Tuesday, August 17

Information De-Evolution II

What is happening now

Phone shop. Source.

The Ethiopian Privitization Authority (EPA) seems to have the ETC (Ethiopian Telecommunications Corporation) up for at least a partial sale
Government of Ethiopia wishes to engage a strategic partner to support ETC’s development of the fixed and mobile telephony market ... (it is) offering a 30% stake together with management control to a potential strategic investor.

(There were) approx 351,600 customer connections as at June 2002. In addition to public fixed telephony, ETC offers other telecommunications services including mobile, internet, public data service, analogue and digital leased lines and telex services.

Ethiopia has a teledensity of 0.36 lines per 100 population, which is one of the lowest in Africa. The need and unmet demand for telephony services is substantial. To meet this demand, Government intends that ETC will continue to remain the sole provider of major telecommunications services for the foreseeable future.
The data, mobile and internet services are described as 'nascent' in the report.

This informative site about the status of IT in Africa says of Ethiopia that by July 2002 there had been strong growth in the mobile sector under a contract with Ericsson resulting in 45,000 subscribers and coverage of several towns in the vicinity of the capital city. Waiting time for a phone line was 7.8 years in 2000. The site also has other facts and links on the subject.

The February 2002 article from The Independent Magazine on Information and Communications Technology (ICT) "The Evolutionary Development of ICT in Ethiopia" elaborates
The level of growth of the Internet is not also heartening. One can discern from various reports that the number of subscribers does not presently exceed 4,073. If we assign five individuals per Internet account the number of users could not surpass 20,365 persons.

It could be argued as to whether telecommunication promote economic development or vice versa, but the link between the two is becoming stronger.
The strategic partner sought by the ETC may be a source of capital and technical expertise but no genuine opening for business and competition is in the offing. Foreign investment is tightly controlled indeed according to the U.S. Country Commercial Guide (CCG) for Ethiopia
Foreign investors find Ethiopia a difficult environment in which to operate. Many sectors, particularly in services and trade, are off-limits to foreigners. The government retains rigid control over the utilities sector and prohibits foreign participation in banking and insurance. Land cannot be purchased or sold, but can be leased. Government procedures and paperwork are usually complicated and time-consuming. The commercial code is antiquated and the under-staffed judicial system is inadequate. The transportation and telecommunications systems, especially internet service, are fair to poor.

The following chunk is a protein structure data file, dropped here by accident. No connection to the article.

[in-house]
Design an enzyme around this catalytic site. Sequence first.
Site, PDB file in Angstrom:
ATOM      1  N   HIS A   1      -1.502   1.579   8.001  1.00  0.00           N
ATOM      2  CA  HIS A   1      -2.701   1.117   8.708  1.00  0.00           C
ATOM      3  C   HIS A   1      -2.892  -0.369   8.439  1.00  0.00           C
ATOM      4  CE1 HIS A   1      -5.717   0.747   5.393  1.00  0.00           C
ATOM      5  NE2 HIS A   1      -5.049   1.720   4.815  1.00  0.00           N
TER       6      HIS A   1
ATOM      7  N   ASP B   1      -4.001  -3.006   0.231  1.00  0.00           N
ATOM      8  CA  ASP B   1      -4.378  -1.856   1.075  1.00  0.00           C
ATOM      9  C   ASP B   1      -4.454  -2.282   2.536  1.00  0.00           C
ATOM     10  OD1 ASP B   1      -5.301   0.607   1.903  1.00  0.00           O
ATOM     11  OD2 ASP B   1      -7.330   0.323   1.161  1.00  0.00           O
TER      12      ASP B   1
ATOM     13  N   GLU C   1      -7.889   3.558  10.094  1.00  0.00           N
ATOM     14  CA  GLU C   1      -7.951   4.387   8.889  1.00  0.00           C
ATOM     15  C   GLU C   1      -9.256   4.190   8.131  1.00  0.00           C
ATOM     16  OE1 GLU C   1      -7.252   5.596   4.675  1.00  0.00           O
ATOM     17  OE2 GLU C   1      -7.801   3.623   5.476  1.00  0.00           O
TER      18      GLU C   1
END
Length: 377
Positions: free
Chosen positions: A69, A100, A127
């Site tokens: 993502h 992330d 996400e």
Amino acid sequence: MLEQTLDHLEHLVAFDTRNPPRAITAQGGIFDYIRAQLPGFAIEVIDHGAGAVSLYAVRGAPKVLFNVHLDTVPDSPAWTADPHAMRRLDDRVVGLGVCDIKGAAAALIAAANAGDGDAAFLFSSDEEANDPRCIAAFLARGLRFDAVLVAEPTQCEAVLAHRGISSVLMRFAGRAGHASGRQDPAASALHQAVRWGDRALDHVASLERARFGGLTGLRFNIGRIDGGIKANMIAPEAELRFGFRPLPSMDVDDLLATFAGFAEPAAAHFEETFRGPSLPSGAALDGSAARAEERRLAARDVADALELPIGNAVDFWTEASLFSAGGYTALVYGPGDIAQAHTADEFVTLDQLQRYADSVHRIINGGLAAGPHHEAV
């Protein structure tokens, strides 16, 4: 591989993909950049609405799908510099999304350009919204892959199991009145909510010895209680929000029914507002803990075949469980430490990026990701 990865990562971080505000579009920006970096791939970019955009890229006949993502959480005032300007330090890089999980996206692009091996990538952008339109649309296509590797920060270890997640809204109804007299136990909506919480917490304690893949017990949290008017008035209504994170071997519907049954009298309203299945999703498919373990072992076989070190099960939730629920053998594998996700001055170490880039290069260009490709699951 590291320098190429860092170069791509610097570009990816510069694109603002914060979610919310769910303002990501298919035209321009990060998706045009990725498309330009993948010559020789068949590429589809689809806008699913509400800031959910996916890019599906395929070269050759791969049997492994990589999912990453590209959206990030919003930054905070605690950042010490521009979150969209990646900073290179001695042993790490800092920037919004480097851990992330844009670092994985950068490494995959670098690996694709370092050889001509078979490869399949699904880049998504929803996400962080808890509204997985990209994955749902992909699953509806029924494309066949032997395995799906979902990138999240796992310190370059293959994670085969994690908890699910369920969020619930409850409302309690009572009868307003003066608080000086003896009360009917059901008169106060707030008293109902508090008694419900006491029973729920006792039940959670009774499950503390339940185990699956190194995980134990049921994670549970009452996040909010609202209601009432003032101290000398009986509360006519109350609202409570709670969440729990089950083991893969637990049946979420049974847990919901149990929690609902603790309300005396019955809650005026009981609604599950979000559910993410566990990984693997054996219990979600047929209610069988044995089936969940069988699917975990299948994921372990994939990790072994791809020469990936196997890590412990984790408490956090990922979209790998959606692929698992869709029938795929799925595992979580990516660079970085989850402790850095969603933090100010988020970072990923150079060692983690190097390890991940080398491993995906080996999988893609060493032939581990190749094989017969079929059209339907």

The ETC's monopoly of these services has resulted in new customers waiting years for access to the services as well as long delays and slow service for those who have obtained an account.
The government will retain total control of this vital national sector whose underperformance has its roots in government inertia to begin with.

Sadly, privitization when it has occured has seen elements of a state dominated economy sold cheaply to companies often owned by the ruling party. The U.S. Embassy report of 2002 'Creating Pitfalls to Privitization' states that
The EPA (Ethiopian Privitization Authority) Board of Directors is made up of government officials and cannot be considered neutral. The decision of what enterprises to schedule for privatization, or whether to remove an enterprise from the schedule, rests with people who have vested interests and manipulate the system to benefit themselves, friends and/or family.

Observers speculate that people with connections benefit from re-tenders as they are able to buy viable enterprises at rock-bottom prices. Meanwhile, the government appoints managers to run state-owned enterprises until privatization, creating the opportunity to skim profits, overstate expenses, etc.

The privatization process functions, but could garner more revenues for the government if it were more efficiently, and more importantly, independently managed. A proper system of sealed-bid auctions, for example, might eliminate some of the opportunities for collusion, and would speed up the process.
Over the past century the Ethiopian church has adapted to the modern world in many ways as the telephone blessing priest did in Menelik's palace in 1894. The economic and social potential of telecommunications has, of course, exploded.

However, the fear of the new and of the consequences of uncontrolled information has found a very secure home in the Ethiopian government - at great cost to the national interest.

The Country Commercial Guide describes the political structure
The EPRDF (the ruling party) officially favors democracy and private enterprise, but has yet to rid itself of residual control-oriented tendencies rooted in its past as a Marxist organization.
Thus Ethiopia has a curious mix of statist Communism and crony capitalism managing the economy of a society desperate for economic growth.

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